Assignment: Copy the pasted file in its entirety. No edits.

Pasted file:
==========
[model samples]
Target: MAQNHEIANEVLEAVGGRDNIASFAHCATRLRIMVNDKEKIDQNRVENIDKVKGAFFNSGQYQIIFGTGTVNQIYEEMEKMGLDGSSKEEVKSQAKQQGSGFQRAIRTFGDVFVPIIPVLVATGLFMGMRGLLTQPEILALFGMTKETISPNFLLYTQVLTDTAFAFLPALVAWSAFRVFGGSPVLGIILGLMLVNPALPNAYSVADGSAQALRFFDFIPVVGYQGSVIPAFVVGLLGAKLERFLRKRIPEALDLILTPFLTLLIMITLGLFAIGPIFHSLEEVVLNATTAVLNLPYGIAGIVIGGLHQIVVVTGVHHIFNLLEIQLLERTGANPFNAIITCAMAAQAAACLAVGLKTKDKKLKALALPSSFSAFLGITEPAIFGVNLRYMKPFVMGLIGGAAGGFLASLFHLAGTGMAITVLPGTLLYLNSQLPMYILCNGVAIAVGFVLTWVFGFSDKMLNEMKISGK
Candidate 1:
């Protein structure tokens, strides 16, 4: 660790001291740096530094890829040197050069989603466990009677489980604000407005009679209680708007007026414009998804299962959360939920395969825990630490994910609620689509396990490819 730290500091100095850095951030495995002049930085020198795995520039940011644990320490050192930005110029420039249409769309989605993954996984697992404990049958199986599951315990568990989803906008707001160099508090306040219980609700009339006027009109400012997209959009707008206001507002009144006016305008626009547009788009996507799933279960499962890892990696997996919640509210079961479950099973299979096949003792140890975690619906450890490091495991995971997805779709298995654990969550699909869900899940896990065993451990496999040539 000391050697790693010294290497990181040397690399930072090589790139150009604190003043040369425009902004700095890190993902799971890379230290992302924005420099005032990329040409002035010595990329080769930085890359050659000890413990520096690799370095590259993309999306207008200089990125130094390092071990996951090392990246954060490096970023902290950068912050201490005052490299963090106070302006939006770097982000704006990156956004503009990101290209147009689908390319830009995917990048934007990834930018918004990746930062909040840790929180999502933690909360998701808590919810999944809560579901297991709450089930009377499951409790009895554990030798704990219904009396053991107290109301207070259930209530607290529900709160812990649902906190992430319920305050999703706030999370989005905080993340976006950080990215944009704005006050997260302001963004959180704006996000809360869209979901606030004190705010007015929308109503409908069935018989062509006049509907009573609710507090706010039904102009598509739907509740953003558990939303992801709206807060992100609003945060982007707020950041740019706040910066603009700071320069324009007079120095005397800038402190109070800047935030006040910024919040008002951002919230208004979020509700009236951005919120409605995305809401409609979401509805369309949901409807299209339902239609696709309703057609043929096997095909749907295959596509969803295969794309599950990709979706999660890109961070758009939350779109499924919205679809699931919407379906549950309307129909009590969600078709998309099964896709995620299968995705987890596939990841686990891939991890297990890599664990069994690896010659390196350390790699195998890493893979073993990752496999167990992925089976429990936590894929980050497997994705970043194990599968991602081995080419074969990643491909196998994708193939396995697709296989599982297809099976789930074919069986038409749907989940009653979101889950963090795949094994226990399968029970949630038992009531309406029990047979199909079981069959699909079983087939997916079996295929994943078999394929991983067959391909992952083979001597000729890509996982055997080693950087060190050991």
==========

[model samples]
Target: MAQNHEIANEVLEAVGGRDNIASFAHCATRLRIMVNDKEKIDQNRVENIDKVKGAFFNSGQYQIIFGTGTVNQIYEEMEKMGLDGSSKEEVKSQAKQQGSGFQRAIRTFGDVFVPIIPVLVATGLFMGMRGLLTQPEILALFGMTKETISPNFLLYTQVLTDTAFAFLPALVAWSAFRVFGGSPVLGIILGLMLVNPALPNAYSVADGSAQALRFFDFIPVVGYQGSVIPAFVVGLLGAKLERFLRKRIPEALDLILTPFLTLLIMITLGLFAIGPIFHSLEEVVLNATTAVLNLPYGIAGIVIGGLHQIVVVTGVHHIFNLLEIQLLERTGANPFNAIITCAMAAQAAACLAVGLKTKDKKLKALALPSSFSAFLGITEPAIFGVNLRYMKPFVMGLIGGAAGGFLASLFHLAGTGMAITVLPGTLLYLNSQLPMYILCNGVAIAVGFVLTWVFGFSDKMLNEMKISGK
Candidate 1:
């Protein structure tokens, strides 16, 4: 660790001291740096530094890829040197050069989603466990009677489980604000407005009679209680708007007026414009998804299962959360939920395969825990630490994910609620689509396990490819 730290500091100095850095951030495995002049930085020198795995520039940011644990320490050192930005110029420039249409769309989605993954996984697992404990049958199986599951315990568990989803906008707001160099508090306040219980609700009339006027009109400012997209959009707008206001507002009144006016305008626009547009788009996507799933279960499962890892990696997996919640509210079961479950099973299979096949003792140890975690619906450890490091495991995971997805779709298995654990969550699909869900899940896990065993451990496999040539 000391050697790693010294290497990181040397690399930072090589790139150009604190003043040369425009902004700095890190993902799971890379230290992302924005420099005032990329040409002035010595990329080769930085890359050659000890413990520096690799370095590259993309999306207008200089990125130094390092071990996951090392990246954060490096970023902290950068912050201490005052490299963090106070302006939006770097982000704006990156956004503009990101290209147009689908390319830009995917990048934007990834930018918004990746930062909040840790929180999502933690909360998701808590919810999944809560579901297991709450089930009377499951409790009895554990030798704990219904009396053991107290109301207070259930209530607290529900709160812990649902906190992430319920305050999703706030999370989005905080993340976006950080990215944009704005006050997260302001963004959180704006996000809360869209979901606030004190705010007015929308109503409908069935018989062509006049509907009573609710507090706010039904102009598509739907509740953003558990939303992801709206807060992100609003945060982007707020950041740019706040910066603009700071320069324009007079120095005397800038402190109070800047935030006040910024919040008002951002919230208004979020509700009236951005919120409605995305809401409609979401509805369309949901409807299209339902239609696709309703057609043929096997095909749907295959596509969803295969794309599950990709979706999660890109961070758009939350779109499924919205679809699931919407379906549950309307129909009590969600078709998309099964896709995620299968995705987890596939990841686990891939991890297990890599664990069994690896010659390196350390790699195998890493893979073993990752496999167990992925089976429990936590894929980050497997994705970043194990599968991602081995080419074969990643491909196998994708193939396995697709296989599982297809099976789930074919069986038409749907989940009653979101889950963090795949094994226990399968029970949630038992009531309406029990047979199909079981069959699909079983087939997916079996295929994943078999394929991983067959391909992952083979001597000729890509996982055997080693950087060190050991």